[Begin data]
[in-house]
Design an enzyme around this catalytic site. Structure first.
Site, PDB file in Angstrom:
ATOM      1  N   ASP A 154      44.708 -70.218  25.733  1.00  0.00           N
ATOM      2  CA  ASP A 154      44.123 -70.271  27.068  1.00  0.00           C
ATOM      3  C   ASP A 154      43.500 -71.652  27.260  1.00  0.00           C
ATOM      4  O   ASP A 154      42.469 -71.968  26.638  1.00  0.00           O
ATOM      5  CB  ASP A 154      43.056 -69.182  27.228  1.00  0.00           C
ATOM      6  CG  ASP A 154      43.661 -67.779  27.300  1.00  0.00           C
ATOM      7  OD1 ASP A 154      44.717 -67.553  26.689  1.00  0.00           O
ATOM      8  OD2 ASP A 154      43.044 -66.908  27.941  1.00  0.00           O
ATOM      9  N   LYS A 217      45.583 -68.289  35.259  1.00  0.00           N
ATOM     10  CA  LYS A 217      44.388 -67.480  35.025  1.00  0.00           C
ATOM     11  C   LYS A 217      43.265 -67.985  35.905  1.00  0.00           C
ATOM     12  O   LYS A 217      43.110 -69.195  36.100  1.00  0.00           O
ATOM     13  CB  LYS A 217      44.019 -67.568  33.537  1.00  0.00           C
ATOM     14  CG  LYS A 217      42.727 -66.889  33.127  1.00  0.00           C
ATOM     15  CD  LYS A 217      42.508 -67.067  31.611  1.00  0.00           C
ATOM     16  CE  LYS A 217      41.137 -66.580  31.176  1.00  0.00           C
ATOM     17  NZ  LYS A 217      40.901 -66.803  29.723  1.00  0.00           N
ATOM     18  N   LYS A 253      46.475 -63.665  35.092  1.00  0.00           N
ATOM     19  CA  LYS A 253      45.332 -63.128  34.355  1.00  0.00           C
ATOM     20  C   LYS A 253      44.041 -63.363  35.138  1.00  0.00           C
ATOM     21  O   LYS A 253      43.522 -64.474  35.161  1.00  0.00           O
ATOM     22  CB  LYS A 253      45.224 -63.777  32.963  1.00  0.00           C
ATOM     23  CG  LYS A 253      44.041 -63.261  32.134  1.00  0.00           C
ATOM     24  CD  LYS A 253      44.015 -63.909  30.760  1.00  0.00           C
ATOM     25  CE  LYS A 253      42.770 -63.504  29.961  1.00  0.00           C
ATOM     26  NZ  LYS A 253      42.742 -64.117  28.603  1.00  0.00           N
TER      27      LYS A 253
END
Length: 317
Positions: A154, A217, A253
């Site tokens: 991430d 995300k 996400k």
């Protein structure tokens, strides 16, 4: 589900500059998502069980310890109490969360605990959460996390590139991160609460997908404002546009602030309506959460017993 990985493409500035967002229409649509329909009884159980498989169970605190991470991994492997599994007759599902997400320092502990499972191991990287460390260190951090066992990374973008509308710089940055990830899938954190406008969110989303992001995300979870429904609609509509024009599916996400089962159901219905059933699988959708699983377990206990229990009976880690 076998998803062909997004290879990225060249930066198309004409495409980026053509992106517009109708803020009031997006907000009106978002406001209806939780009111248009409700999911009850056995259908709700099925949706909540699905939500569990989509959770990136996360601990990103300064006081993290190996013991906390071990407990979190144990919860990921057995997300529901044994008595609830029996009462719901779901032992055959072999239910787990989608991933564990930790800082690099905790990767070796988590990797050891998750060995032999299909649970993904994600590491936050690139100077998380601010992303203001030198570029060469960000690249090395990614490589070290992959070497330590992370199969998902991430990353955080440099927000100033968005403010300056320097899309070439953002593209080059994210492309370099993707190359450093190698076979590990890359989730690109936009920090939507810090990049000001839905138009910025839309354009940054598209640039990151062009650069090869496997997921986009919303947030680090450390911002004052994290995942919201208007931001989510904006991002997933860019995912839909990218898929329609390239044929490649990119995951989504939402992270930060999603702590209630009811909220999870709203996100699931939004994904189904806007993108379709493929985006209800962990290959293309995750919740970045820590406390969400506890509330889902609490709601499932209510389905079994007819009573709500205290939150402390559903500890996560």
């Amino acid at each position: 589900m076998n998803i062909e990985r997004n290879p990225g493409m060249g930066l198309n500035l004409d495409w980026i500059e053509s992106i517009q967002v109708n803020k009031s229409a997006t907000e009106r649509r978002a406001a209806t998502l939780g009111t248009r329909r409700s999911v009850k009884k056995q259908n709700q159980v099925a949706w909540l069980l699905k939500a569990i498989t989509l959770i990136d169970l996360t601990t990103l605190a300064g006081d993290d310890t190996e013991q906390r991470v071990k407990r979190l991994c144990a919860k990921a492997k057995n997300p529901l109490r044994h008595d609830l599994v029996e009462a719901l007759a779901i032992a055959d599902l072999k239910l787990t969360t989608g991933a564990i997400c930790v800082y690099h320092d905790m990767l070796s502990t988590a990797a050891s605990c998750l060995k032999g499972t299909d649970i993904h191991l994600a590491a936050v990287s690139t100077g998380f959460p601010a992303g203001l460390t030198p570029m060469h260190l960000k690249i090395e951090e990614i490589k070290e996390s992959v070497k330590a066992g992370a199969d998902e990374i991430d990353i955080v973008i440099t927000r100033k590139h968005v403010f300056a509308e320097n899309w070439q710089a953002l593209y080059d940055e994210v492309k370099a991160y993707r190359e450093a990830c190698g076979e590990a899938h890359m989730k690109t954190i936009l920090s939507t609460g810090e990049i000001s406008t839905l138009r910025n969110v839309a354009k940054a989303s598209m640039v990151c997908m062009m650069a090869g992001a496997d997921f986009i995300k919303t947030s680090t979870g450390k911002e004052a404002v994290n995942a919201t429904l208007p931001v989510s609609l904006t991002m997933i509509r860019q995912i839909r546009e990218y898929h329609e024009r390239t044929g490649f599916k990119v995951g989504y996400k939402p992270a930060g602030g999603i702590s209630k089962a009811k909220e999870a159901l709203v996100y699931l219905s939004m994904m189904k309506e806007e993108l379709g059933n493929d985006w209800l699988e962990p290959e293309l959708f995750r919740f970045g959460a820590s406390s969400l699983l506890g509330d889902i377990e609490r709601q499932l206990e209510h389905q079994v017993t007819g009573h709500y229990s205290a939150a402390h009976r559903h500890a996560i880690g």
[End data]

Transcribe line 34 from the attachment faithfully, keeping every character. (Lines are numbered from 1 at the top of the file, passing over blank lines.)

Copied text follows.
């Site tokens: 991430d 995300k 996400k």